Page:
The ketogenic (keto) diet includes eating low carbs and replacing them with fats — like cheese, eggs, meat, and oils — helping bodies burn energy. Scientists have now found a link between polycystic ovary syndrome (PCOS) and the keto diet.
PCOS impacts approximately five million women in the United States, making it the most common hormone disorder for women. Symptoms of PCOS range from elevated testosterone, irregular periods, excess body hair known as hirsutism, large ovaries, acne, a loss in scalp hair or thinning, and weight gain around the belly. It is also linked to infertility and increases the chances of developing diabetes.
The condition can be maintained and occurs in four stages.
- Insulin-resistant PCOS occurs due to high levels of insulin. A diet low in carbs and high in fats helps manage this stage.
- Inflammatory PCOS causes an imbalance of hormones, increasing androgens in the body. The inflammation may be due to environmental factors or an inflammatory diet rich in gluten.
- Post-pill PCOS is when a woman stops taking an oral contraceptive pill and the body produces excessive androgens.
- Adrenal PCOS is due to how the body responds to stress, resulting in the body responding abnormally.
While infertility isn't a side effect for everyone with PCOS, it does impact upwards of 70% to 80% of American women who have the condition.
According to a new paper published in the Journal of Endocrine Society, scientists have found a way for women to lose weight, improve fertility, and normalize their menstrual cycles all by focusing on what they eat.
With September being PCOS Awareness Month, the study shines a light on the way in which diet can wreak havoc on hormones and how setting some boundaries or implementing certain foods can change the outcomes of fertility.
We found an association between the ketogenic diet and an improvement in reproductive hormone levels, which influence fertility, in women with PCOS. These findings have important clinical implications, especially for endocrinologists, gynecologists and dieticians who, in addition to medical treatment, should carefully plan and customize individual diet recommendations for women with PCOS.- Study author Karniza Khalid, M.B.B.S., M.Med.Sc.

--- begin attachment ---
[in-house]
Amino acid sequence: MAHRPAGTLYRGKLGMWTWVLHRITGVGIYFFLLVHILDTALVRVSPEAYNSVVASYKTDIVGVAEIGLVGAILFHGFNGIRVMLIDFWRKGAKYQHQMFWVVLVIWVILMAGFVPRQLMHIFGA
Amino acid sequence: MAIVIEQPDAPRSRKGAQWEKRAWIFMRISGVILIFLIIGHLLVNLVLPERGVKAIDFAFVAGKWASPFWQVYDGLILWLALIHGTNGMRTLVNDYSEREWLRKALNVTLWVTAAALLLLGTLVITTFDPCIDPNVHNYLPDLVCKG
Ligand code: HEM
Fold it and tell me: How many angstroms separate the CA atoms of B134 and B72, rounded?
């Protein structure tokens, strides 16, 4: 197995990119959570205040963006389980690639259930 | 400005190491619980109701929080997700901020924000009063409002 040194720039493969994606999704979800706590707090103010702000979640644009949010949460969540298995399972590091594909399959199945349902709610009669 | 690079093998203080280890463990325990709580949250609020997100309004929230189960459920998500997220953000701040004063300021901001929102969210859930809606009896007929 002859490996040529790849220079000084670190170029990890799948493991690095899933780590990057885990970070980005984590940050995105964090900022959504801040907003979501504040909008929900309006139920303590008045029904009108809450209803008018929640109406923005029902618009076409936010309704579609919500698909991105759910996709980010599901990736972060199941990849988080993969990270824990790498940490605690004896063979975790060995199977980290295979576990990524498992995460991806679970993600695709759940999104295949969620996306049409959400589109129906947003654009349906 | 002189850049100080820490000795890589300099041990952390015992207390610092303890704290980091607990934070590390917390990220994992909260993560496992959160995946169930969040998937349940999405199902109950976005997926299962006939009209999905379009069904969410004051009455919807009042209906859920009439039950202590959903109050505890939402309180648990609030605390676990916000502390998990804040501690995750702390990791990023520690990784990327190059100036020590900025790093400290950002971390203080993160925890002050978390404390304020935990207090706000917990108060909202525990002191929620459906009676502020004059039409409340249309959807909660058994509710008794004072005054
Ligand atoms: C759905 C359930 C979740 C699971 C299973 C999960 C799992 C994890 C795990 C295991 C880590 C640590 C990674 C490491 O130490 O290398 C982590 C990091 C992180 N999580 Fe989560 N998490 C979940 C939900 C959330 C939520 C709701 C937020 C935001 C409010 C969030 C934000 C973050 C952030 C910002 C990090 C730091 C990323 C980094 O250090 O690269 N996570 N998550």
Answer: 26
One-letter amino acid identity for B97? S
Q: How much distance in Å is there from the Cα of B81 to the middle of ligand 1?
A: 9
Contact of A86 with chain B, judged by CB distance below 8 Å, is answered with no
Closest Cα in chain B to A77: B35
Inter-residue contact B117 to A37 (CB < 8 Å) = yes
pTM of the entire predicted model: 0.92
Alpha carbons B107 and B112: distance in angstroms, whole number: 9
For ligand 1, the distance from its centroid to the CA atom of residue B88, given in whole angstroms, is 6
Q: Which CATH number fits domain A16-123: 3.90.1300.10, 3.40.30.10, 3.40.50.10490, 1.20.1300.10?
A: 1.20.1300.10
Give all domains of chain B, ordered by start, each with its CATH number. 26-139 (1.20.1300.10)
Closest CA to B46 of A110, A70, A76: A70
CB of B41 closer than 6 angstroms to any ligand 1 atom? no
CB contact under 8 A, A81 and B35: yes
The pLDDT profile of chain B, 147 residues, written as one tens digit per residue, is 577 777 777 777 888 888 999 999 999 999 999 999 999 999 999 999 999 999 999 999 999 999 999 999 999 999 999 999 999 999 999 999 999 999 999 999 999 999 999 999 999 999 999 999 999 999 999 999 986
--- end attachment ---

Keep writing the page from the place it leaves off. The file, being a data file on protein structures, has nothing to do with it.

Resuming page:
During the study, scientists conducted a meta-analysis of clinical trials — four in Italy, two in China, and one in the U.S. — and examined how the keto diet affects hormones, testosterone, progesterone, and weight change.
Women who were on the diet for at least 45 days saw weight loss and an improvement in reproductive hormone levels. Moreover, their follicle-stimulating hormone ratio was at a lower range, meaning they would be able to ovulate. Testosterone levels were also lower, decreasing their chances of excess hair growth on the face.
Khalid tells Healthnews that, "PCOS is a complex hormonal condition," and the induction of ketosis reduces insulin in the blood and suppresses the "stimulus for adrenal and androgen production."
This isn't the first study to show a link between PCOS and the keto diet. Other research has looked at the links between keto and weight loss, as well as keto and diabetes. This study does present significant hope that women with PCOS can treat their infertility by choosing a fattier, low-carb diet.
How is nutrition important for women with PCOS?
Registered dietician and PCOS nutrition expert, McKenzie Caldwell explains that for the majority of folks with PCOS, the root cause is due to insulin resistance. "One of our first lines of treatment for improving symptoms, fertility, and long-term wellbeing is working on balancing blood sugar through nutrition, supplements, medication, and lifestyle changes," she explains.
Eating well-rounded meals when you have PCOS is crucial and can help manage symptoms. Some foods, like french fries, butter, cakes, cookies, sugary beverages, white rice, and alcohol, can cause inflammation in women who have PCOS.
Instead, women with PCOS should opt for omega-3s, such as salmon, olive oil, beans, leafy greens, whole grains, and fruit, for an anti-inflammatory diet. Some experts suggest the Mediterranean diet as it includes high protein, complex carbohydrates, and increased fiber, which can reduce androgen levels.
Khalid says that there is no standardized PCOS keto diet for women. "Hence, we would recommend discussing with the managing physicians for a tailored and individualized regime," she says.
When following a keto diet, 70% of calories come from fat, and it is very restrictive of carbs. The diet has been linked to weight loss and improvements in glucose tolerance.
Caldwell says that most lower carbohydrate diets have many risks, "including low intake of soluble fiber, vitamins, minerals we need for fertility and long-term wellbeing that come from whole foods that contain carbohydrates."
Moreover, people with PCOS are at high risk of having an eating disorder and by prescribing to a diet, they are at even more increased risk.
Overall, Khalid says, "The impact of [the] ketogenic diet on fertility is still unclear, and long-term implications of ketogenic diet among women with PCOS are not adequately studied and still not well understood. Future studies can look into the best study designs to fill this gap."
- CDC. PCOS (PolyCystic Ovary Syndrome) and Diabetes.
- Therapeutic Advances in Reproductive Health. Fertility Treatment Options For Women With Polycystic Ovary Syndrome.
- NewsWise. Women with PCOS on keto diet may see improvements in fertility.